Our first school counselor story comes from Angela Bassett, a licensed professional counselor who has worked as an Elementary and Middle School counselor in the Austin area for over ten years. Read her story below where she answers the question: Why am I a school counselor?
As an elementary school counselor, I enjoy watching students and their parents walk into school each morning. They interact in a way that tells their unique story; it’s interesting to observe their interactions. Will a parent encourage their child to participate in their own problem-solving, or will they do it for them?
I recently witnessed one of the parents at my school exhibit incredible patience and love with her son. She listened, demonstrated boundaries, and patiently stood on the boundary line for him to feel safe and take responsibility for his behavior. Being a parent changes the way we look at life. Parenting with intention — definition — helps us grow and change; we step it up and become stronger.
Like parenting, school counseling is complex. Being a school counselor has helped me grow in ways I didn’t realize I needed to. I had believed that becoming a school counselor was a natural, personal progression for me — first teaching, then my master’s program. I knew I enjoyed helping and encouraging people, so I figured I was ready for the task at hand. However, my desire to help and encourage people was not enough to keep me motivated. I was on the fast track to burnout and knew it was time to change my thinking. I couldn’t please everyone all of the time. I had to learn to delegate and let others lead. There were going to be times when I had to stand on the boundary line and not give into expectation.
Being a school counselor is rewarding and filled with rich experiences. We have the “inside look” into the nooks and crannies of people’s life, gaining a deeper understanding of what makes them unique. As a school counselor, we see students, peers, and parents and the interactions between all of them. Understanding this dynamic also allows us to build a stronger case conceptualization for our students. Strong case conceptualizations are essential for school counselors. We look at all aspects of student and family life to help form opinions of how to improve academic and long-term success. We look at factors that could contribute to positive and negative behaviors. We ascertain developmental concerns and family changes for the purpose of providing feedback that will help families in treatment.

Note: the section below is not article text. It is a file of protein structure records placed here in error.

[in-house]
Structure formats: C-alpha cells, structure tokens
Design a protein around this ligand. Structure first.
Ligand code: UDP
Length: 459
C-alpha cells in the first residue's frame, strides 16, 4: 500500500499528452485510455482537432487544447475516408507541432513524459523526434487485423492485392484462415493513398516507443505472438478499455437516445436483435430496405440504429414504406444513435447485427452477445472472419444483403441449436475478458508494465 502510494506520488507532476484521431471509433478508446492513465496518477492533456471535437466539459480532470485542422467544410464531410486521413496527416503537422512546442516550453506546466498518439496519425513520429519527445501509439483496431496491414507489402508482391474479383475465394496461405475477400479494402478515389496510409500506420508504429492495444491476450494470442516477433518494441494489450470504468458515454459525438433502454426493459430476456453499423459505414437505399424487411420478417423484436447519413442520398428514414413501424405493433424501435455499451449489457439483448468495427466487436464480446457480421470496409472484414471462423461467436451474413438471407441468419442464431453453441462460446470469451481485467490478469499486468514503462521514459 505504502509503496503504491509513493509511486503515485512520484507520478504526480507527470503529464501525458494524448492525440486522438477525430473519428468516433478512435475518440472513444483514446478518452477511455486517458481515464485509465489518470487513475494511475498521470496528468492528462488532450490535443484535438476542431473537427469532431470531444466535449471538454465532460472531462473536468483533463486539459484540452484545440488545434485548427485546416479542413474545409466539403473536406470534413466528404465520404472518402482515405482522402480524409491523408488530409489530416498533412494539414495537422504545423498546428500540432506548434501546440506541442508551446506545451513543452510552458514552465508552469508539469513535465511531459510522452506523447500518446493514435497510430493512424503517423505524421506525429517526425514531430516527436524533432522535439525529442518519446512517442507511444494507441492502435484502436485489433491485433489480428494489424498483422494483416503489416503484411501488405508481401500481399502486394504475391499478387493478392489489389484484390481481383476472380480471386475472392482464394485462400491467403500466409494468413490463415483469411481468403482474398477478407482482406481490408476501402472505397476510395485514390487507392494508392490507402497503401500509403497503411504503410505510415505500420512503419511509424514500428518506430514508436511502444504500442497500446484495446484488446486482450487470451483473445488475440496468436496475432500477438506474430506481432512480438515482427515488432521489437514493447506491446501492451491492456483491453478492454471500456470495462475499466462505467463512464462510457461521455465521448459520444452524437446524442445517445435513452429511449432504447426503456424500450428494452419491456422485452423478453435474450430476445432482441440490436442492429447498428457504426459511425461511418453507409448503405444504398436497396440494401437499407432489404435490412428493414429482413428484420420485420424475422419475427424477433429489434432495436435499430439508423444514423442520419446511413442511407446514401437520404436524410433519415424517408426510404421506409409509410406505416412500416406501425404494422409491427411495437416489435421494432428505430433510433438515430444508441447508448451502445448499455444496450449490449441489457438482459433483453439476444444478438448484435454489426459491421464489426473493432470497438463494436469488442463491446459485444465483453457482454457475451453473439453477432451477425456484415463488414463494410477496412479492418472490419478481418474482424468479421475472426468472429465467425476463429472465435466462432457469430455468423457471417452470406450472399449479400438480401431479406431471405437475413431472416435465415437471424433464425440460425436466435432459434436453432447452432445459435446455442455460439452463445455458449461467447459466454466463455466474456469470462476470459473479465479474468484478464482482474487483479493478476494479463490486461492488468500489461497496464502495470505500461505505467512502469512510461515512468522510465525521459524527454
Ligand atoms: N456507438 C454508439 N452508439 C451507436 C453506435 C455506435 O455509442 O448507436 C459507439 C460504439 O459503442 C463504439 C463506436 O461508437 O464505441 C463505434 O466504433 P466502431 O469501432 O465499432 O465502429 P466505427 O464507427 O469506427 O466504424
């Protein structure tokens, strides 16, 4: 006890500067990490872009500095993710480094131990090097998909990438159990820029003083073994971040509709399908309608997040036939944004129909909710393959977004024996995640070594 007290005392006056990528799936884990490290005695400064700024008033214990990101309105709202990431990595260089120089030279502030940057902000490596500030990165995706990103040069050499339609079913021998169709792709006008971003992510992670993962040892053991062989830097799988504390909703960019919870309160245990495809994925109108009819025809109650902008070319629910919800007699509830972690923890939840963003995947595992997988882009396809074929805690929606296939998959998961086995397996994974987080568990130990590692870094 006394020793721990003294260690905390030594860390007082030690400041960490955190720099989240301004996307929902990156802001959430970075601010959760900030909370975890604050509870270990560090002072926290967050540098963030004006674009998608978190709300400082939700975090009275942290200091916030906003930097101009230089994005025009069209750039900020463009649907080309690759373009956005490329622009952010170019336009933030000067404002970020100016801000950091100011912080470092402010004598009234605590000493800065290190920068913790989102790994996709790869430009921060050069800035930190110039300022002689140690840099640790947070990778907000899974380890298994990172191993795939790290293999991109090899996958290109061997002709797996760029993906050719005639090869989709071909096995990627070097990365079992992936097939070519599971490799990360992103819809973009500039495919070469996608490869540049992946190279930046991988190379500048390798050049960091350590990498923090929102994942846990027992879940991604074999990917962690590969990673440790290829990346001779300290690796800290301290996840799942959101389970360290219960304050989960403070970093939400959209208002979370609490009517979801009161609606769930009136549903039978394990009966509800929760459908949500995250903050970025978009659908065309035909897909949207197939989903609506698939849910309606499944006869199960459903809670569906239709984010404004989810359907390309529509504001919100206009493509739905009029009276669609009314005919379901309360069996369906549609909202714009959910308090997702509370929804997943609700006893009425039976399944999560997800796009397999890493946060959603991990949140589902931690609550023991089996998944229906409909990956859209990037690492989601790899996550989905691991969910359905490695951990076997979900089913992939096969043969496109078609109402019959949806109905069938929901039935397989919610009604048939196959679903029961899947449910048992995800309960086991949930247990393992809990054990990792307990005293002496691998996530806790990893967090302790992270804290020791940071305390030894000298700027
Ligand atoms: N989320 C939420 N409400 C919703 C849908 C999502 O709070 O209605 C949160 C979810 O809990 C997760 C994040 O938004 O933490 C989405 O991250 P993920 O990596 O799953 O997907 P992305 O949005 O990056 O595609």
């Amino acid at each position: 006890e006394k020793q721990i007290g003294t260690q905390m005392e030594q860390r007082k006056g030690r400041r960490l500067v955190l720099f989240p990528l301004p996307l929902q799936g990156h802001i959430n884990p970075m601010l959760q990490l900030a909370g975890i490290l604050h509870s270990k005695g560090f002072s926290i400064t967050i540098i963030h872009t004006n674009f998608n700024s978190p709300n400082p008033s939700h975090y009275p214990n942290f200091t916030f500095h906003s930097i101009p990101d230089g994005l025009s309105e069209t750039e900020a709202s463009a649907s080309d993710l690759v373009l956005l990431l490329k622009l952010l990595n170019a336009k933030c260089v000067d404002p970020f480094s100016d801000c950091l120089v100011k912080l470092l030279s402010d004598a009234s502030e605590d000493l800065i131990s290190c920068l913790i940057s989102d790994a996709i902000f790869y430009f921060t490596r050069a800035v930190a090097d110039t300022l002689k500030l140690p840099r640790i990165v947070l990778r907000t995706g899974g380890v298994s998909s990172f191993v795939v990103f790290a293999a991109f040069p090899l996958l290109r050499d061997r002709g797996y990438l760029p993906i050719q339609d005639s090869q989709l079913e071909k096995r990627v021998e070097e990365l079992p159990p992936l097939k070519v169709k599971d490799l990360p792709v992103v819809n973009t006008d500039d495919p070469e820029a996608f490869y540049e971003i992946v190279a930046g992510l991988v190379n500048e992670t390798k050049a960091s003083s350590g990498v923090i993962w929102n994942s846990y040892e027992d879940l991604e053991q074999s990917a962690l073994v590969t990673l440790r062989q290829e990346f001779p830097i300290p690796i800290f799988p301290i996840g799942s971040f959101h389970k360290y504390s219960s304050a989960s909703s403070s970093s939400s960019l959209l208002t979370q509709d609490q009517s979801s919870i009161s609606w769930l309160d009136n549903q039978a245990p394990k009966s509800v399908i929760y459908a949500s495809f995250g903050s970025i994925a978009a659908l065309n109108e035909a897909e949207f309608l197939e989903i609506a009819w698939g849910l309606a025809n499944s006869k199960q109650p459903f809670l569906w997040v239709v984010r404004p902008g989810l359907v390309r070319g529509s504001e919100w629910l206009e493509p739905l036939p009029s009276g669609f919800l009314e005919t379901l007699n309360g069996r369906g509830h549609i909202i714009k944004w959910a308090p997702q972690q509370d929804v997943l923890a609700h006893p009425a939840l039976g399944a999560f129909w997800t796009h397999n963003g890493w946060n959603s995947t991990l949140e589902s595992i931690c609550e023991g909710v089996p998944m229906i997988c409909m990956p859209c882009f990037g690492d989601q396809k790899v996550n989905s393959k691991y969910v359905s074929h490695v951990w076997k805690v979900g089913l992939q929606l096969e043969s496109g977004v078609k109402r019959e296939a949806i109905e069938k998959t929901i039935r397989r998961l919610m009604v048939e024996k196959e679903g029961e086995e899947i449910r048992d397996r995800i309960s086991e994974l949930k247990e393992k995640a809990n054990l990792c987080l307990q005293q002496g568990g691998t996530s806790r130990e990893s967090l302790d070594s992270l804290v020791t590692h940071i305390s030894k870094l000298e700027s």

SCHOOL COUNSELORS HAVE THE “INSIDE LOOK” INTO THE NOOKS AND CRANNIES OF STUDENTS’ LIVES.
One of my favorite parts of being a school counselor is helping parents and students navigate the process of students being diagnosed with learning disabilities. It’s important for school counselors to understand how we can work as a community with the school to teach and reach students differently to help them achieve their best.
For example, at the beginning of this past school year, I worked with a new student from another state who was going through family changes. He was angry and had difficulties with peers and adults. I watched him work through conflict in “fight-or-flight” mode. I watched him struggle with anger and problem-solving. We worked to be consistent and built rapport. Eventually, we got him the support he needed and established a relationship with him that contributed to his trust. During this time, I documented observations and behavioral interventions and created behavioral plans. By the end of the school year, we watched him thrive and enjoy school.
I BECAME A SCHOOL COUNSELOR TO MAKE A DIFFERENCE, ONE LIFE A TIME.
I have faced 10 years of many different kinds of conflicts and watched people go through life transitions. There have been times I needed to think about if I wanted to continue. There is no doubt I have changed. I have become stronger, braver, and capable of handling many different situations. I have learned how to let go of trying to control everything. It has been a unique gift in my life. I am honored and privileged to be in the position of leading and guiding lives. I became a school counselor to make a difference, one life at a time.